The retail environments we recognize today have seen a massive transformation since the storefronts of the 1500s in the English countryside. Each had a sign, a storefront and an owner, serving the unique and very personalized needs of residents in the surrounding hamlets — the clothiers, the haberdashery, the grocery, the cobblers, the butcher and the blacksmith. Owners knew every patron and family by name, along with their inseam measurements, shoe size, weekly grocery list and personal wardrobe preferences.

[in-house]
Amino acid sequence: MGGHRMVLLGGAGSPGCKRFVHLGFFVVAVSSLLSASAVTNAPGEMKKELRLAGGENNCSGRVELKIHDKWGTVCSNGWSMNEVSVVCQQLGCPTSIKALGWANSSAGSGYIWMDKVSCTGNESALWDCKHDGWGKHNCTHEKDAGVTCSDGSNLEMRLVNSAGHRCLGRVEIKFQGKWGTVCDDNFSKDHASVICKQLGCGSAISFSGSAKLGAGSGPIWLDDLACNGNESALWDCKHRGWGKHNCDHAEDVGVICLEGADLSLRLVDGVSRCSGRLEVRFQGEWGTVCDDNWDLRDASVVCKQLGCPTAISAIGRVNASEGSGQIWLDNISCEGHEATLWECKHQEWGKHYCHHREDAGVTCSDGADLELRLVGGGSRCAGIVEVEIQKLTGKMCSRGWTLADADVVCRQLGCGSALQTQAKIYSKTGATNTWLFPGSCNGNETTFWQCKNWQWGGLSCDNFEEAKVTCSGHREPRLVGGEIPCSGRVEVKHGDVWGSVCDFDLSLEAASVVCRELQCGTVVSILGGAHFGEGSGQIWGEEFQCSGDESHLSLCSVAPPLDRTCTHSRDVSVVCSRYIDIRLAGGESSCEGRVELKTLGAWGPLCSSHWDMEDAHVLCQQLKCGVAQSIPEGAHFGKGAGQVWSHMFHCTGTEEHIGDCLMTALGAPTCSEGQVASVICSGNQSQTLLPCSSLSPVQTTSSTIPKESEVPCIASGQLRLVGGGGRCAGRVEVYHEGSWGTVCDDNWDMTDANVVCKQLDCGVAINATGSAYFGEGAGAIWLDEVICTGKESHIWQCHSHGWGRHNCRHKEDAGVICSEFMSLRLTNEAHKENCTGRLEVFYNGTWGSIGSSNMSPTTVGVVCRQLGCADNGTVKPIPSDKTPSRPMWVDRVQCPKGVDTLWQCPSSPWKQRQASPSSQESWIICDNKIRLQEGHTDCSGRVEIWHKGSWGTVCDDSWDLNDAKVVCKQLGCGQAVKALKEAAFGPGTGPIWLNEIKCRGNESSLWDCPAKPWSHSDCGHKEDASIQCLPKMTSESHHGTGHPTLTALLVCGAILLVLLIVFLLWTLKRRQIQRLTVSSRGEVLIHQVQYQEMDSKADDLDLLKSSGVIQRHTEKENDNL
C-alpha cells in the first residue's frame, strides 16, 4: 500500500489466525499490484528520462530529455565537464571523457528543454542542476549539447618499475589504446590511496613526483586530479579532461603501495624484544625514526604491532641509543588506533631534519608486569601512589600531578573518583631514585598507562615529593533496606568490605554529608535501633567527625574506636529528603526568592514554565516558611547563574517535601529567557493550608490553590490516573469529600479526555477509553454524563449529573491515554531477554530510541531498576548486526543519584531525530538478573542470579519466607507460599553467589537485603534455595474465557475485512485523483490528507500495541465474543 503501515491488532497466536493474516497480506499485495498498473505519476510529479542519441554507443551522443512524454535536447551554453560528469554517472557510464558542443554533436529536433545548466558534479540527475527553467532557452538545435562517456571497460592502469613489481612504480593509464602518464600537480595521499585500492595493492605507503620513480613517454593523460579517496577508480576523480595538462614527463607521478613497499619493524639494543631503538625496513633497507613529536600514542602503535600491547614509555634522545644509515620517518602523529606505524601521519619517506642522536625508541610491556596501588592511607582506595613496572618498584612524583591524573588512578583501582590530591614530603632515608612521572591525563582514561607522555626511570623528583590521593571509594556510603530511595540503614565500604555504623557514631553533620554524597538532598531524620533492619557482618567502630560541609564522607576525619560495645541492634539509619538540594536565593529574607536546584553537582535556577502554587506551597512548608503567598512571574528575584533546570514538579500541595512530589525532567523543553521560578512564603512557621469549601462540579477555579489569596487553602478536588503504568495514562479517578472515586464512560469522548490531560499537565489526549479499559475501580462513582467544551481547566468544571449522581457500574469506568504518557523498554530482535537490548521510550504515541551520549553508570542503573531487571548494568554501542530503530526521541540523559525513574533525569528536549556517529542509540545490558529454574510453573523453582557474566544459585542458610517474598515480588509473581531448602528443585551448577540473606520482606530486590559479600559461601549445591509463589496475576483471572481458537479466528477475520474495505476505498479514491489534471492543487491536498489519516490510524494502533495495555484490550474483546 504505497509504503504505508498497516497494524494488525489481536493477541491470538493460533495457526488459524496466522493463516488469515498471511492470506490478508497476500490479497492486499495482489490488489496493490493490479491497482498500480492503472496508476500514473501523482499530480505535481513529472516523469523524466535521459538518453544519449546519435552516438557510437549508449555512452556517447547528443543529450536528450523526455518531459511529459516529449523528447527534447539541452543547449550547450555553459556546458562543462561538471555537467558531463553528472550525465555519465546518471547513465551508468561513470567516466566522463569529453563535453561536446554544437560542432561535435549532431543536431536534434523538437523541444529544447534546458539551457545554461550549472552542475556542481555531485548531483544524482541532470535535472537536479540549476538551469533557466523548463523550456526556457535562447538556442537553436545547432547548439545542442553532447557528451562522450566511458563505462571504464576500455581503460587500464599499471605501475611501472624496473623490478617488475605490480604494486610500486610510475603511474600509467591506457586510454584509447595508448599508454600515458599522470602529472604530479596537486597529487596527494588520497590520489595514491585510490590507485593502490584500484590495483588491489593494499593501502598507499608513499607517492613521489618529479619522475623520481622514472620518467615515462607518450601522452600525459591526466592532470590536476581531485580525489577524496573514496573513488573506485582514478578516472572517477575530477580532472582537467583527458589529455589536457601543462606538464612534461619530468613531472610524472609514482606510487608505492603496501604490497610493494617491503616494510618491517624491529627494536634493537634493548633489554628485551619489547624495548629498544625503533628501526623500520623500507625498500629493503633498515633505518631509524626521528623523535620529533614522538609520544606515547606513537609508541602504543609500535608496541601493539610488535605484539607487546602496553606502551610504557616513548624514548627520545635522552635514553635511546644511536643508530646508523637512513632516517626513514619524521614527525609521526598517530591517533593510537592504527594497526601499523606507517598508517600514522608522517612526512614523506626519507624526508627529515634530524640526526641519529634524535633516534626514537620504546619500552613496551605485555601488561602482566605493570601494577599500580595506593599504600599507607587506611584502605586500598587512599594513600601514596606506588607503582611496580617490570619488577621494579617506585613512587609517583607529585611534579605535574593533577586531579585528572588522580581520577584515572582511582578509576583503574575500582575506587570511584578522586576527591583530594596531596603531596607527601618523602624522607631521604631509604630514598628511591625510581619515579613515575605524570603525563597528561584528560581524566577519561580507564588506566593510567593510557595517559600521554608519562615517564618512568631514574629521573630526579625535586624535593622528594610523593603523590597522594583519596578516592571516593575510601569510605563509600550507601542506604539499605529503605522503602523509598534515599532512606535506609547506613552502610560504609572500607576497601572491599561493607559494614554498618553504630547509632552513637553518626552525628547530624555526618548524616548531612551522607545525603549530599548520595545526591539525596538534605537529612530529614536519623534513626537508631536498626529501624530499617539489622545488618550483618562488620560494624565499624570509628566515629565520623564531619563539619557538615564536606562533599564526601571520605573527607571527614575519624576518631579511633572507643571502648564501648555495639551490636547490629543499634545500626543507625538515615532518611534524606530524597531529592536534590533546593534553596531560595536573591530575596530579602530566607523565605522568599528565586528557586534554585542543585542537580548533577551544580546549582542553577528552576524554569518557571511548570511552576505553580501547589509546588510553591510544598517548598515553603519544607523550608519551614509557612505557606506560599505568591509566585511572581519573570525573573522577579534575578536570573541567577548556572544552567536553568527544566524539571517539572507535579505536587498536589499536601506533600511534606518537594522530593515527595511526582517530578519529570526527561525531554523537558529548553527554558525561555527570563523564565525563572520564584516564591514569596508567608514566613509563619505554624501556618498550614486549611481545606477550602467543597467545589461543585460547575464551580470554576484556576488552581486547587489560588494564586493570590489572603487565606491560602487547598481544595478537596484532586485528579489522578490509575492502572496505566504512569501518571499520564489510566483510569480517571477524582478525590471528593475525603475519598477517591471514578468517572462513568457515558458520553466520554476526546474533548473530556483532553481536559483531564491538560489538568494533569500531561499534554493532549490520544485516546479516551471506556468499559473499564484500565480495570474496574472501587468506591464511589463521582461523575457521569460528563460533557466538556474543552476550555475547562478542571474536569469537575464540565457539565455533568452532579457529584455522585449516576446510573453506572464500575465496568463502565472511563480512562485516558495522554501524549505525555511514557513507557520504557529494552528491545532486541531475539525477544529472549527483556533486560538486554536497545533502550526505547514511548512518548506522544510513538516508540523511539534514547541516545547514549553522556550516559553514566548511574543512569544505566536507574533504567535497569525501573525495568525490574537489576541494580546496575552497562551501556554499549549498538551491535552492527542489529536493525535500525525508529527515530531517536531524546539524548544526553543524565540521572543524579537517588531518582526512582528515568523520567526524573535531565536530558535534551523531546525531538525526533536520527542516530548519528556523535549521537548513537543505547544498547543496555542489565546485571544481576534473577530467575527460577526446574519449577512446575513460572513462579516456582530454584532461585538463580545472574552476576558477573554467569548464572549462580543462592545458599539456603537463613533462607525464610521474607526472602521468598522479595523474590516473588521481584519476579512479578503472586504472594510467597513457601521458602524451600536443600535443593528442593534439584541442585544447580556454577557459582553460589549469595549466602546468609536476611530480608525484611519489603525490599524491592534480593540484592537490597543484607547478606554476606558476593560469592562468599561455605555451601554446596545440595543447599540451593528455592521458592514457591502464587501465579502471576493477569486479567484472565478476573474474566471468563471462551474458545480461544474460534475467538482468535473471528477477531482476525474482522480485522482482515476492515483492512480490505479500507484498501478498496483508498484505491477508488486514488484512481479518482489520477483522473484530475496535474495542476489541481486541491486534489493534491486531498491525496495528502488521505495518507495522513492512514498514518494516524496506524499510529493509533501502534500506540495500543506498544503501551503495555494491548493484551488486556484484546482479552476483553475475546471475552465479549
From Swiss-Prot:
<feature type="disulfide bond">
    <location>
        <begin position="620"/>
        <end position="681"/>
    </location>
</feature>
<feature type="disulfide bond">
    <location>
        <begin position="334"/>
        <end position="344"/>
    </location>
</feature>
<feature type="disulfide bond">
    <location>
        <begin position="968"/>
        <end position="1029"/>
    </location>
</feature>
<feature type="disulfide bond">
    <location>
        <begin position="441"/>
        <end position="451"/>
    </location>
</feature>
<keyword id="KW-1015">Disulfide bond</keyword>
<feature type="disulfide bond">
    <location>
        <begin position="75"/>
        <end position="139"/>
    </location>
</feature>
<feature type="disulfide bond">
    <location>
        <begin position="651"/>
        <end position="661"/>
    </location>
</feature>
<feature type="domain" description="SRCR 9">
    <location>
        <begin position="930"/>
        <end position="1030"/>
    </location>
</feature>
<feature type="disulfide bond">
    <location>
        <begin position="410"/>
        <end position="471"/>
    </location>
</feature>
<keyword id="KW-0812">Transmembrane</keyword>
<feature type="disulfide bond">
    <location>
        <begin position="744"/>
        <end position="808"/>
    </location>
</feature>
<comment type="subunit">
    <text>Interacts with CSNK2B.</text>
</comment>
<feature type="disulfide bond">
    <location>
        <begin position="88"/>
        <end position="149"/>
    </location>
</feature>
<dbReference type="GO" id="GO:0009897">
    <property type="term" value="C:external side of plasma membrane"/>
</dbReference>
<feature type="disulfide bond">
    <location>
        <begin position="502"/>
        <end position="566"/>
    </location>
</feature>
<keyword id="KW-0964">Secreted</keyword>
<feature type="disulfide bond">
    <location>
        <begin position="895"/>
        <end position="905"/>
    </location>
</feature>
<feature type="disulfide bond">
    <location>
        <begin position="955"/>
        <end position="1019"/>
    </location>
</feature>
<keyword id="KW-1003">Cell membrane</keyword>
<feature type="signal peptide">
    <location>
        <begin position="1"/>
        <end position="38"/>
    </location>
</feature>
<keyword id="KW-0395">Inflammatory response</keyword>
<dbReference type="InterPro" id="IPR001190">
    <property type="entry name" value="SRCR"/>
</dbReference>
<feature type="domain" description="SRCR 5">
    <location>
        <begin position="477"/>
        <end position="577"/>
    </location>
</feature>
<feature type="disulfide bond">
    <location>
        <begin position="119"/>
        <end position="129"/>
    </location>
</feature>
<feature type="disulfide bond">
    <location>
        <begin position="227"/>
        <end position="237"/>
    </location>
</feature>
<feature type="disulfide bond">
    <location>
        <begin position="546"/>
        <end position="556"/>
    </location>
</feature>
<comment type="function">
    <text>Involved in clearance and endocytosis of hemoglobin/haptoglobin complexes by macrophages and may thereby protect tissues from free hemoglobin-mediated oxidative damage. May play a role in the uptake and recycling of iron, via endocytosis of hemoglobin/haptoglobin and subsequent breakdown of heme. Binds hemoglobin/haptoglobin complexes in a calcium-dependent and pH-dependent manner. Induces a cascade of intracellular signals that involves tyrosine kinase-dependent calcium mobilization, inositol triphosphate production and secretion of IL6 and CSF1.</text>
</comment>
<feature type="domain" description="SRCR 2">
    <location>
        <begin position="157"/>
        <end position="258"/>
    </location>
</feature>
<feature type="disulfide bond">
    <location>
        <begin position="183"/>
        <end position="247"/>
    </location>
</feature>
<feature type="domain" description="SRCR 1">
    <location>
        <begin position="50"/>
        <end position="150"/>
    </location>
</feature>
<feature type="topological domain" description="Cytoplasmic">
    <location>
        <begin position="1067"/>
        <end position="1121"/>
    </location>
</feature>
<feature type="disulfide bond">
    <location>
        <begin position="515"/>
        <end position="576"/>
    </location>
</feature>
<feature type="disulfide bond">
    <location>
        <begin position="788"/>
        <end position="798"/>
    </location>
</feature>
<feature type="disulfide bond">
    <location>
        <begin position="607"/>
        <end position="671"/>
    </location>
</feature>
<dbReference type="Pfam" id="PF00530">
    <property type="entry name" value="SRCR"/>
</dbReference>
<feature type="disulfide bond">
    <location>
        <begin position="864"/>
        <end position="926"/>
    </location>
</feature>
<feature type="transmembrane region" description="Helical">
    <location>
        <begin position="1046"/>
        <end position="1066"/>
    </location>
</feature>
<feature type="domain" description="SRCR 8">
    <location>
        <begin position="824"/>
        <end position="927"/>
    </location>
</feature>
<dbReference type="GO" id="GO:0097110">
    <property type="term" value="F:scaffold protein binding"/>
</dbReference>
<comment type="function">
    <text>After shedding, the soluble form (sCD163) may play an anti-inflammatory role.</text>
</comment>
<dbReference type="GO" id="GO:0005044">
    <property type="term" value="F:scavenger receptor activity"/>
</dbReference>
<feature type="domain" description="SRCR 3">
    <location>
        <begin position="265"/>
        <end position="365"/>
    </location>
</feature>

Since then, retail has come a long way with store design, staffing, inventory and scope. However, it has in many ways lost its focus on knowledge of the customer’s true needs, as retailers have used averages or groupings to scale their merchandising decisions. Further, personalized interactions have fallen adrift with the introduction of today’s mass market selling strategies across brick-and-mortar stores and e-Commerce sites.